What Matters in Jane Austen is a fantastic piece of literary criticism that reveals a lot of new angles on Jane Austen. It’s entertaining, it’s approachable, and it’s incredibly helpful if you want to understand the nuances of Austen that are either very subtle or which would have been obvious to her contemporaries but not so much to modern readers.
Critic John Mullan divides his book into twenty short chapters. They don’t need to be read in any particular order – you can pick and choose from the ones that interest you most, although I read the book straight through and enjoyed it greatly. Examples include:
- Why Is It Risky To Go to the Seaside?
- How Much Money is Enough?
- Do We Ever See the Lower Classes?
- Is There Any Sex in Jane Austen?
- How Experimental a Novelist is Jane Austen?
Everyone will come away with a different highlight from the book, based on where your interest lies. I found the chapter about “The Lower Classes” to be incredibly helpful and insightful, as well as the chapter on “What Do Characters Look Like,” because both chapters pointed out the difference between what modern readers know and what Regency readers knew.
[NB: in this review, I use the term “contemporary readers” to mean “Austen’s contemporaries,” i.e., readers who were alive during the time she was writing and publishing, and thus reading her books in the time period in which they were written. ]
For instance, when Austen described characters as being in mourning, contemporary audiences reading knew that meant that the characters were wearing various levels of black clothing. Sometimes the characters aren’t even described as being in mourning, but because we know someone died, Austen’s contemporaries would have automatically known which characters would be seen wearing black from that point on.
So there are scenes in which Austen’s contemporary readers caught a level of intentional dissonance in scenes in which a character is acting happy or romantic while dressed entirely in black — for instance, Frank Churchill describing his happy prospects at the end of Emma. Most readers today miss this nuance because Austen doesn’t say, “He was in mourning so he was wearing black, and this is symbolic and either ominous, funny, or both.”
The fun thing about Austen is that the books appear to be very simple but they are so full of complexity that you can talk about them for years and never run out of new things to discuss.
Look at the plot of Pride and Prejudice, for example: Rich Boy meets Poor Girl, they hate each other on sight, then they fall in love and get married, THE END. Within this framework, readers can find material about class, money, sex, marriage, sibling relationships, family, humor, pathos, illness, death, the importance of babies, inheritance law, fashion, manners, economics and race, and writing technique. Every Austen book is like a TARDIS – an infinitely expandable series of rooms containing infinite treasure.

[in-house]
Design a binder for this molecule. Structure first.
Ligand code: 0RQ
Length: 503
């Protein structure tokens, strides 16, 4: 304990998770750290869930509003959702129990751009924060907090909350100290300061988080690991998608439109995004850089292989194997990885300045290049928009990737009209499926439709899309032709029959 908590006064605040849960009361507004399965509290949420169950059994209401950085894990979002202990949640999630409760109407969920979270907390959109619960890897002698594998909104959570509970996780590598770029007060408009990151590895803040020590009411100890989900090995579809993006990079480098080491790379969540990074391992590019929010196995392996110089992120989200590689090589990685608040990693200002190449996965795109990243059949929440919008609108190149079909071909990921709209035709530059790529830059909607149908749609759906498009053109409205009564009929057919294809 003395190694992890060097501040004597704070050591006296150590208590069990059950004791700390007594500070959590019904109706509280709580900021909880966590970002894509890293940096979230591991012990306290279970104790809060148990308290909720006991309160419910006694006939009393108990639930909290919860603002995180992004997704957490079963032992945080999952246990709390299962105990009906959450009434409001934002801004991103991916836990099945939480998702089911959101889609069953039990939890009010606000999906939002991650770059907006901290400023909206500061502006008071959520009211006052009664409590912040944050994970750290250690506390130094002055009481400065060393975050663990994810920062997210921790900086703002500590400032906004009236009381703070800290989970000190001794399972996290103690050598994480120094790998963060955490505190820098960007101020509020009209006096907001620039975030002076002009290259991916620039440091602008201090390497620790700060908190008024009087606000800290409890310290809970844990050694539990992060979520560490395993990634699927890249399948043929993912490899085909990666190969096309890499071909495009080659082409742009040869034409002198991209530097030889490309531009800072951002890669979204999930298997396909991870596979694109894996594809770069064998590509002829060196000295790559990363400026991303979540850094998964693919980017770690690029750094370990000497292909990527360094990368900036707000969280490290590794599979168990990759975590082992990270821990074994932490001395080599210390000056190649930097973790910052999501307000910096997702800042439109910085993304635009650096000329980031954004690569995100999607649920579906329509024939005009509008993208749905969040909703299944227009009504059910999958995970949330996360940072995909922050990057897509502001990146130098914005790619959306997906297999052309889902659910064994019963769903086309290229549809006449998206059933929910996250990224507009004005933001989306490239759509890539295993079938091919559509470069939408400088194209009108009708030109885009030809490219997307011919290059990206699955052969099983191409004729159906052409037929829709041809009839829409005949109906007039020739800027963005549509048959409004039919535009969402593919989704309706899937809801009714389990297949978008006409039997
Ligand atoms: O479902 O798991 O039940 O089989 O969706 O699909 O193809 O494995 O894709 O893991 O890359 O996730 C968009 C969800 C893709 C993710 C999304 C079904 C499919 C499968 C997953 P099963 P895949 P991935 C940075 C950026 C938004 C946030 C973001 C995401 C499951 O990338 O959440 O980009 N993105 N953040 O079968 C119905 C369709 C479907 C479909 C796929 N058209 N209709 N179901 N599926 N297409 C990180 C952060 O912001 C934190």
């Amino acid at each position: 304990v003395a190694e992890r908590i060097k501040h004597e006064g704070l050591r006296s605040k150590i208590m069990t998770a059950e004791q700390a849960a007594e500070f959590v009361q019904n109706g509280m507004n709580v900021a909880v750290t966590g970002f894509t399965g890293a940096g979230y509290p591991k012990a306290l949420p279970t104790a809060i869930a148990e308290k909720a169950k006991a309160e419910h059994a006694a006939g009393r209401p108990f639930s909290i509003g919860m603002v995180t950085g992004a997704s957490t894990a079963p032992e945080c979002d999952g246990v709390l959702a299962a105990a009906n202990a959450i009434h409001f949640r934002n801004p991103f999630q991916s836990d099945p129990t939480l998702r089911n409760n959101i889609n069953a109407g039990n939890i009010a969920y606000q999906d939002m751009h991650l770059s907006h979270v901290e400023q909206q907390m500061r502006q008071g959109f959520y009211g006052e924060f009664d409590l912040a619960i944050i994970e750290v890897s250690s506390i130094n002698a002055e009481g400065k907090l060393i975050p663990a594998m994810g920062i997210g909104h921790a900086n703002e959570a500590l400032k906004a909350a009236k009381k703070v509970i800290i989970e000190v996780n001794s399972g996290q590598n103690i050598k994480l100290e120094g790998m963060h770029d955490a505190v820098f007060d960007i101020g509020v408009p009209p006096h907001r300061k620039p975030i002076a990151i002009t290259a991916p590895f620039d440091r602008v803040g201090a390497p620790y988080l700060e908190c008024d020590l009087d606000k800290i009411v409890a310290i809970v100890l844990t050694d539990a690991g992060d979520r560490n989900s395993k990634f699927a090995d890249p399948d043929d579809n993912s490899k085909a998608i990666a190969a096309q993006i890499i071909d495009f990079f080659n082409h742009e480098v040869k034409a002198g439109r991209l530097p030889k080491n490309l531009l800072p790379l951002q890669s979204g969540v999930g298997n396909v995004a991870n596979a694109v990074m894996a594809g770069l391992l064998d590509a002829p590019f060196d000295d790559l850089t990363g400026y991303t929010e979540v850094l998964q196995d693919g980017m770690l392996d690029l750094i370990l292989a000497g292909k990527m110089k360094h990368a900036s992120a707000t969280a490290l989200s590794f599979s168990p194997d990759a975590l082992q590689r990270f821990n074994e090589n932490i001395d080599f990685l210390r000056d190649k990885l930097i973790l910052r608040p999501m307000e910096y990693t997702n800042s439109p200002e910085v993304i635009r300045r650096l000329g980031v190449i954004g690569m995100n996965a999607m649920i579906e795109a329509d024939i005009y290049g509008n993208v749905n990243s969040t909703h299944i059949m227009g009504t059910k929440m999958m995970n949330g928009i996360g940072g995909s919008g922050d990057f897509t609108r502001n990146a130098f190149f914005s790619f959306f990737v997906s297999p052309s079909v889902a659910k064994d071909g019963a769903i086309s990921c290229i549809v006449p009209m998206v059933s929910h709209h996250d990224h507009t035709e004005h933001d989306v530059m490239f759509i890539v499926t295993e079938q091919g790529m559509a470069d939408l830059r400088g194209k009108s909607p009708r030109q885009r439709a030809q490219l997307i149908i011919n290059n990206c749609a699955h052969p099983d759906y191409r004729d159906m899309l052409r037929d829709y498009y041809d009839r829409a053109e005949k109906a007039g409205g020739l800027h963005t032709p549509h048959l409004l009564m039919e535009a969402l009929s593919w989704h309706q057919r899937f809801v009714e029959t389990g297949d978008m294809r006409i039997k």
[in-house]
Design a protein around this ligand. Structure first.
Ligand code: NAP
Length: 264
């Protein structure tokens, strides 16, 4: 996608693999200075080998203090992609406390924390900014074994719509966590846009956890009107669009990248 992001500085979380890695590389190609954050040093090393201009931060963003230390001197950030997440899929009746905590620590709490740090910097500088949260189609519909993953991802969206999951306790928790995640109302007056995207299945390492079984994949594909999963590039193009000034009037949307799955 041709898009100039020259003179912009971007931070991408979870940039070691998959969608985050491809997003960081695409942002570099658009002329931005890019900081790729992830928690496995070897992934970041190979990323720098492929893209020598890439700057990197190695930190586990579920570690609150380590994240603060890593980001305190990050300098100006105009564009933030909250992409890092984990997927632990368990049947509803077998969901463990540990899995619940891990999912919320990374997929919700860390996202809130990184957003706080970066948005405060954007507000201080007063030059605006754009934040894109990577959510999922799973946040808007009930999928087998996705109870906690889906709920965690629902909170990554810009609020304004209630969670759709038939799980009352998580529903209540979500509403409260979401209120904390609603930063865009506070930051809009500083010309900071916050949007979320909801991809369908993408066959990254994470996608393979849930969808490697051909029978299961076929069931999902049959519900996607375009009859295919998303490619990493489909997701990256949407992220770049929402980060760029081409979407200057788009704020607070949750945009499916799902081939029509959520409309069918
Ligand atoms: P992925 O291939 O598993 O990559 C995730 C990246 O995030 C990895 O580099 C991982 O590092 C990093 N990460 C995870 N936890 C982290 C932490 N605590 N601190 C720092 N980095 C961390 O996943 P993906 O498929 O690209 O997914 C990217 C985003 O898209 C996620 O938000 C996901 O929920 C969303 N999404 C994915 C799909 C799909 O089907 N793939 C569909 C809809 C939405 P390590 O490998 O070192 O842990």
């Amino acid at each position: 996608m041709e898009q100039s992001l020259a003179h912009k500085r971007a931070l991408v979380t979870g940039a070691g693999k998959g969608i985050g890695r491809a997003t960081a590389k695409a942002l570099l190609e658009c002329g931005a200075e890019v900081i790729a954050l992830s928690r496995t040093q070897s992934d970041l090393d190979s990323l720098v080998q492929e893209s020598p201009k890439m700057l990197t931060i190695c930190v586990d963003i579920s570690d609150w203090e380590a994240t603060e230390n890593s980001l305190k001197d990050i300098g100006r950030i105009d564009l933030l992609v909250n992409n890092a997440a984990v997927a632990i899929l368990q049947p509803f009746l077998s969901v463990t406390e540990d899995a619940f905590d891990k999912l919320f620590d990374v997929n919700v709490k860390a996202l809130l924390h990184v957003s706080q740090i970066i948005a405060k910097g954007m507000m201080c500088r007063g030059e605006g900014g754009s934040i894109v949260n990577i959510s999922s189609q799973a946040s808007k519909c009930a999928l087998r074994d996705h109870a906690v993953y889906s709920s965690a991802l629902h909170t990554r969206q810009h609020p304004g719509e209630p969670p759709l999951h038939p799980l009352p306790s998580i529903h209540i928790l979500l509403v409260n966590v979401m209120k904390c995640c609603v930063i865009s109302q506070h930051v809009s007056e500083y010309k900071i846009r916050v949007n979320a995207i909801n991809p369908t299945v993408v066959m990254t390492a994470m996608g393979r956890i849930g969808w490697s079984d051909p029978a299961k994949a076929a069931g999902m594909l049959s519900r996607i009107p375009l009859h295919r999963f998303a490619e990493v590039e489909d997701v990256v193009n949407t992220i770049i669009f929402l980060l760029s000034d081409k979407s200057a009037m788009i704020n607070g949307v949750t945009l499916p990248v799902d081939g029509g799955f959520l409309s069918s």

I loved that this book completely avoided being pedantic and yet it was original, insightful, and helpful to me as a reader and a writer. There’s nothing dumbed down about this book, but it’s not pompous in the way that literary criticism can be pompous (and I say this affectionately, as an English major who read a shit ton of highly academic literary criticism back in The Day:
Instead, this author offers passages like this one, from the chapter, “How Much Does Age Matter?”
In the 1940 Hollywood film the role was taken by British character actor Melville Cooper, then aged forty-four. The trend was set. In Andrew Davies’s 1995 BBC adaptation Mr. Collins was played by David Bamber, then in his mid-forties. In the 2005 film the role was taken by a slightly more youthful Tom Hollander, aged thirty-eight. Yet Mr. Collins is introduced to us as a “tall, heavy-looking young man of five and twenty’ (I.xiii). Adaptors miss something by getting his age wrong. His solemnity and sententiousness are much better coming from someone so ‘young’. Middle-aged is what he would like to sound, rather than what he is.
Not only does the author point out that modern readers are likely to see Mr. Collins differently than Austen’s peers, but he also shows how this change happened, and in the process lets us in on a joke that I somehow always missed.
Other chapters talk about the technical aspects of Austen’s writing that make her so important as a literary figure. It’s all just terrific – so go find yourself a copy. This book is both a great resource and a great diversion!